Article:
5

After seeing this answer I wondered, how is this done in newer versions of windows, where [ctrl + alt + del] is no longer required for login?

Was this feature just removed, or is it somehow implemented differently (perhaps that any key is now a secure attention key)?

  • What makes you think it's changed? Your question is missing that. – TylerH Feb 29 '16 at 15:25
  • @TylerH I don't have to press ctrl+alt+del anymore to log into my windows 10 machine. But I'm aware of it still being there for password change etc. – Marius Schär Feb 29 '16 at 15:34
  • @Martin I don't have to press ctrl+alt+del to log into my Windows 7 machine either. – TylerH Feb 29 '16 at 15:45
  • @TylerH I've had to do it on all <= Win7 machines I've ever encountered, so I assumed it was the case everywhere – Marius Schär Mar 1 '16 at 8:02
  • @Martin As far as I know it is off-by-default on all OEM installs of Windows 7, but can be turned on for any of them. I don't know about enterprise installs; it would not surprise me if those had the feature on-by-default, instead. – TylerH Mar 1 '16 at 14:51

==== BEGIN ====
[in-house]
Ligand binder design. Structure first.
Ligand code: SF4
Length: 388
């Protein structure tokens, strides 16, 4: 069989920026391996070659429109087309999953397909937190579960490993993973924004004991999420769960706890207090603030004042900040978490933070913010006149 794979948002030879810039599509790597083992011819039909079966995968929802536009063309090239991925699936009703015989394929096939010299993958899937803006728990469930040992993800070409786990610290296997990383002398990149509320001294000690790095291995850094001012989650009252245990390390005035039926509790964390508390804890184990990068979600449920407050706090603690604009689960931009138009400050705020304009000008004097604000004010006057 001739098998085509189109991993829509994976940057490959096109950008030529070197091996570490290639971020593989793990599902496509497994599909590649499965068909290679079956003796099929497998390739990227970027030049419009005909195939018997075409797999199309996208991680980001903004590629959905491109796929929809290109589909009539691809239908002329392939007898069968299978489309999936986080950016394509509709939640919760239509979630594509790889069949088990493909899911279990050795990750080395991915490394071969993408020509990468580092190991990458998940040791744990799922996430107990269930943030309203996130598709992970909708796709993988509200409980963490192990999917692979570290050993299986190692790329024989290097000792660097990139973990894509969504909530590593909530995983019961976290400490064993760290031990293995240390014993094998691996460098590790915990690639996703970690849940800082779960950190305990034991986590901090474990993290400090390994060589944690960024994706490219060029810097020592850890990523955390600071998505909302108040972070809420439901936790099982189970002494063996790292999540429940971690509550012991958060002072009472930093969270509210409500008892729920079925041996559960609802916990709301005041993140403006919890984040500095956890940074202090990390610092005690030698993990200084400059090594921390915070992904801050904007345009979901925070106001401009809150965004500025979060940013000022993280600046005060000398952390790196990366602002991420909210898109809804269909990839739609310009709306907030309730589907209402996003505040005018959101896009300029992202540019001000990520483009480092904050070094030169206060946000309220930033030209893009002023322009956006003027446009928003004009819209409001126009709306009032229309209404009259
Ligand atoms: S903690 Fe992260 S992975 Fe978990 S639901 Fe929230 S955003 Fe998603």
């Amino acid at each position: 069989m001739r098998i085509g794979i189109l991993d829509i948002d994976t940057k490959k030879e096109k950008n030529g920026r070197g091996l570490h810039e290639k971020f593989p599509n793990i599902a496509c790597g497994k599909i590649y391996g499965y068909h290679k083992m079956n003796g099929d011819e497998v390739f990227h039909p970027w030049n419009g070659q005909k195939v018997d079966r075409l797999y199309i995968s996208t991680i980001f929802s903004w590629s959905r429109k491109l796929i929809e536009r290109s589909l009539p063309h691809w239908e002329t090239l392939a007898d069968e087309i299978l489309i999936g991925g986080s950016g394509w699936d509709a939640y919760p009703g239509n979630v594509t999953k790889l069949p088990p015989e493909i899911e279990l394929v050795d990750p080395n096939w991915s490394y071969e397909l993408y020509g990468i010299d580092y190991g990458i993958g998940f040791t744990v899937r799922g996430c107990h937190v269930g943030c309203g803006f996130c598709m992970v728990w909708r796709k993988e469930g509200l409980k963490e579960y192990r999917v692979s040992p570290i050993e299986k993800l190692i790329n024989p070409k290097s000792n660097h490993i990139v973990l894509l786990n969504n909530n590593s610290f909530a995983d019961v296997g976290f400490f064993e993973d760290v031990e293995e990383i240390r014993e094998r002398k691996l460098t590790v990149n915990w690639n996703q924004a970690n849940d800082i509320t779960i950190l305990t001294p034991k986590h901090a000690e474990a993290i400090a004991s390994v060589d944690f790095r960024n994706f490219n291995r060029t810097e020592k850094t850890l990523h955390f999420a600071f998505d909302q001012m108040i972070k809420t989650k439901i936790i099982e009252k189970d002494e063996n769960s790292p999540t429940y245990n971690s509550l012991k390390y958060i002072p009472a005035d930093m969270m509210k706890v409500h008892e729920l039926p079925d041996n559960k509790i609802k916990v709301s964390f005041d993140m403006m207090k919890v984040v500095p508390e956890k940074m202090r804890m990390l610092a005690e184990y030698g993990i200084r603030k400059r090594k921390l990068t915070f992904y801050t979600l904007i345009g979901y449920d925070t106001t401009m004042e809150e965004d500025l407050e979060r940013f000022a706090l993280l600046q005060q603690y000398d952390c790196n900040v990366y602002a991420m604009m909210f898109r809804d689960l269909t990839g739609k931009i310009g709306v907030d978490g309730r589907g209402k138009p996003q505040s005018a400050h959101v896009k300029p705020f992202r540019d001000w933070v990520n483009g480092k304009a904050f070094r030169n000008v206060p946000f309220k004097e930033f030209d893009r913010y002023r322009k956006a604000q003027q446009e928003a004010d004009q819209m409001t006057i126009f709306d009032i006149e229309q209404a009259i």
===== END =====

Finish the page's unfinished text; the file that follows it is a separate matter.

9

No, the SAK is still Ctrl+Alt+Del, and it never went anywhere. (It never was a technical requirement for logging in, merely a policy decision.)

On "consumer" versions of Windows, the SAK (Secure attention key) requirement was disabled for convenience, although can still be enabled via Group Policy, or even via control userpasswords2. Server editions still have it enabled.

The SAK still remains useful – when logged in, you can press it to get the "Windows Security" screen, change your password, or start Task Manager. So it can still be used to manually verify the login screen, even when Windows does not require it.

You cannot make every key be a SAK, because that would make it impossible for other programs to react to keypresses (which is the whole point of a SAK).

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